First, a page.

“Dad! I want to teach too!” cried my little brother, Wesley, then only ten years old.
My dad (who then was, ironically, trying to solve some chess tactics himself) huffed in annoyance at my brother’s irritating persistence.
“You’re too young to teach,” he sighed for the umpteenth time. “Your brother is already fourteen and almost in high school. Nobody wants to learn from a ten-year-old.”
Undeterred, my brother continued his tantrum. After half an hour of incessant wailing, my parents finally gave in and found a willing six-year-old student who lived only five minutes away from our home. In an unexpected turn of events, my brother’s fervent passion for teaching actually transcended his supposedly young age.
It was around this time that parents in my community began latching onto the notion that chess could really benefit their child’s development. As relatively cheap but effective options, my brother and I were the perfect fit for beginners. His students, as well as mine, began growing in number.
Soon enough, the inquiries about my brother’s and my availability to teach overwhelmed my parents’ WeChat inboxes. As full-time students with extracurricular activities outside of chess, my brother and I did not have the time to give chess lessons to 10 students a week. So, in order to accommodate the heavy influx of requests we were receiving, my brother and I began giving group lessons every Friday night starting from early 2014.
Our inaugural group of 6 to 8-year-olds was probably the most talented group I have ever worked with. Some alumni include Liran Zhou (currently the #1 ranked 9-year-old in the nation and 2016 K-3 National Champion), Ellen Wang (currently the #1 ranked 9-year-old girl in the nation), Lisa Jin, Edison Huang, and Jeffrey Zhai. All of these brilliant young kids are currently ranked in the top 100 in their age group in the nation—and to think they arrived at our weekly Friday night lessons without a clue on how to play chess.
With such success so early on, what was there to lose?
And so our teaching career took off, and CHESSanity’s foundation was born.
By the fall of 2015, I had been teaching chess in the aforementioned manner for over a year and a half. It’s incredibly hard to ascertain what exactly sparked the idea of our next initiative, but the thousands of dollars in tuition we had thus far collected from students wasn’t just about to go to a new iPhone or a new video game console.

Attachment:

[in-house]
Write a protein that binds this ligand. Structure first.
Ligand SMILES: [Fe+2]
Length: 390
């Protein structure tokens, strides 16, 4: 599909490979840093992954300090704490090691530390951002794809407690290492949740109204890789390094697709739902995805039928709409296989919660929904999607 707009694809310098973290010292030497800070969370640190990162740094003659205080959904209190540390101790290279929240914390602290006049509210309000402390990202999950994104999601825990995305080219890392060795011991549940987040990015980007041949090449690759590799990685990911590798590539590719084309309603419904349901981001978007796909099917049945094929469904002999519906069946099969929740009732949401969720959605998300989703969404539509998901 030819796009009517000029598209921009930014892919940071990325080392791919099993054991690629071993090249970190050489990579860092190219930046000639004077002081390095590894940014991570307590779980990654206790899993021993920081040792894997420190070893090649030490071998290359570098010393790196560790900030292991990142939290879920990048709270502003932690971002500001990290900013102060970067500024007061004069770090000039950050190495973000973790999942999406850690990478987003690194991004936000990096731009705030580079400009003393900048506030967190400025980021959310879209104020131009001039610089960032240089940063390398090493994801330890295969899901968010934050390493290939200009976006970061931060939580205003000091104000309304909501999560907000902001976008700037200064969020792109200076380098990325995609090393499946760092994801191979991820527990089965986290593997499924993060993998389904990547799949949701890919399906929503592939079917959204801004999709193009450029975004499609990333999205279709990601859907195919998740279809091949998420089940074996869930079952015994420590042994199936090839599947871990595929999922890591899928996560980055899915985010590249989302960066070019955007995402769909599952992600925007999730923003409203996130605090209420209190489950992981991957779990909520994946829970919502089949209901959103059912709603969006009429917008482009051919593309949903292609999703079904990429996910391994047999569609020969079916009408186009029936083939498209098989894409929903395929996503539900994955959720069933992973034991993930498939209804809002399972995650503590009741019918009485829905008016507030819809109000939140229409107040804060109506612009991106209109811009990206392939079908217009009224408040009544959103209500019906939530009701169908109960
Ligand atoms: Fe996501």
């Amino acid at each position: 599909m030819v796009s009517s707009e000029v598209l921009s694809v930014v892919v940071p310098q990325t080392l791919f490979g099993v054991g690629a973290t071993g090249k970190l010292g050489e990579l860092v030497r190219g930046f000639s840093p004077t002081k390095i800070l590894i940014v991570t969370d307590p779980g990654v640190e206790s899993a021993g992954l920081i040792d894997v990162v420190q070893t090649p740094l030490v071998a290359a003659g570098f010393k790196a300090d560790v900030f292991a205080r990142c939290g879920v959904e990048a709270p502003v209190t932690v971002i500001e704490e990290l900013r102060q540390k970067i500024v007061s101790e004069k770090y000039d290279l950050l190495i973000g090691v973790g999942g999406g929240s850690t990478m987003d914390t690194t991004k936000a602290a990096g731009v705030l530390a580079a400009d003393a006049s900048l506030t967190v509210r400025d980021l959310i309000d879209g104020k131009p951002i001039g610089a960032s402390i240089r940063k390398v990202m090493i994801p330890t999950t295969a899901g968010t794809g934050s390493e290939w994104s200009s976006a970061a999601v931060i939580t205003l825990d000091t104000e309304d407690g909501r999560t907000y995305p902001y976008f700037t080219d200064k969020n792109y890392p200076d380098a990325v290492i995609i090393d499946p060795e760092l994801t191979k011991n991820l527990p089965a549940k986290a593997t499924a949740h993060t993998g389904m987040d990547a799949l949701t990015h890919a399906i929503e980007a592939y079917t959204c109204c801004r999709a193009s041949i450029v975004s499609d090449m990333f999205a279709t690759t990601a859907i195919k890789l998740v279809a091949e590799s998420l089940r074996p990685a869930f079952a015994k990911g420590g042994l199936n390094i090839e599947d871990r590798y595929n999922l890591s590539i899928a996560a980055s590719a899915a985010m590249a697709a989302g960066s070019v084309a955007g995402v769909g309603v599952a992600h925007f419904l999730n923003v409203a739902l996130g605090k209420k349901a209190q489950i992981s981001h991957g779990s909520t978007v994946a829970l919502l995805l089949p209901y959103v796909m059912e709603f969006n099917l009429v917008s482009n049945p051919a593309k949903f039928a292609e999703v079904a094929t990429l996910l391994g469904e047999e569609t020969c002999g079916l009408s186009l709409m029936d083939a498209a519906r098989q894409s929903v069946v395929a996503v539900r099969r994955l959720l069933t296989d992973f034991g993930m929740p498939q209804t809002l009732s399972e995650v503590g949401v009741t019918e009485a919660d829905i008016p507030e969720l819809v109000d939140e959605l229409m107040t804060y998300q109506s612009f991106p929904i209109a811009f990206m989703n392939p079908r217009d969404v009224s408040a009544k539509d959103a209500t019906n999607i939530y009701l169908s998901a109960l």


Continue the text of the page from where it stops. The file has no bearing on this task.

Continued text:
Still, there is one memory in particular that stands out when I reflect back on various inspirations for our current main project: CHESSanity’s Adopt-A-School-Initiative.
When I was in tenth grade, my school’s varsity badminton team traveled to Hempstead High School for an away game. Entering the school, I was shocked to see metal detectors embodying the entrance and armed guards patrolling the hallways. Having been fortunate enough to be sheltered from such conditions, I had only seen such sights on TV or on the news. Yet, Hempstead High School was only a 20-minute drive away from my home…
At the end of the day, although my team won, my biggest takeaway was not the victory, but the memory of a then unimaginable sight.
After some research, I discovered that Hempstead wasn’t alone—this aforementioned visual typifies many school landscapes. Over time, I came to realize that these excessive safety precautions were actually representative of an inherent sense of trouble and unrest in the surrounding environment. In these schools, crime filled a void in students’ lives early on—a void that exemplified a lack of resources. It was crime that became their escape from reality.
By this time, I had achieved the USCF Candidate Master title as well as a multitude of experience as a chess teacher; I knew what beneficial impact chess could have on an individual. In winter of 2015, while running my weekly Friday night lessons, I had an epiphany. For my pupils, I was able to transform chess from a board game into an inherent part of their lives. Why not introduce chess to these underprivileged students? Why not chess to fill their void?
Using our newfound Adopt-A-School initiative as a springboard, I began my journey to mitigate the problems schools like Hempstead faced. Soon, the “sent” tab of my Gmail became littered with unanswered messages. Undeterred, I continued to persevere—I felt obligated to ameliorate these students’ plight.
A breakthrough came in the spring of 2016. Through a series of email exchanges, a meeting with the superintendent, and a generous donation of 55 chess sets, CHESSanity was accepted into the Wyandanch School District and invited to a Board of Education meeting.
Other schools began to follow in quick succession. My brother and I completed a 3-hour intensive training session for Roosevelt school district’s elementary and middle school students in March. Additionally, during the past spring, we conducted lessons every other Thursday for 1st-3rd graders in the Hempstead school district.
Overall, the positive feedback we are seeing is enormous—after a few sessions at Hempstead’s Jackson Main elementary school, I found that the impact I strived for had been realized. These young children were beginning to spend their free time studying from their very own “Bobby Fischer Teaches Chess” book. We had finally filled their void.
Though, over the years, I’ve come to realize that I’m not only teaching to fulfill some parents’ unrealistic expectations for their children, nor am I teaching in order to supposedly improve critical thinking abilities in these same children (of course, that’s just an added bonus).
What I’m really hoping for is that these students will take an intense liking for chess—it can be a passion that they will take with them for a lifetime.
After all, aren’t we all just playing chess because we love it?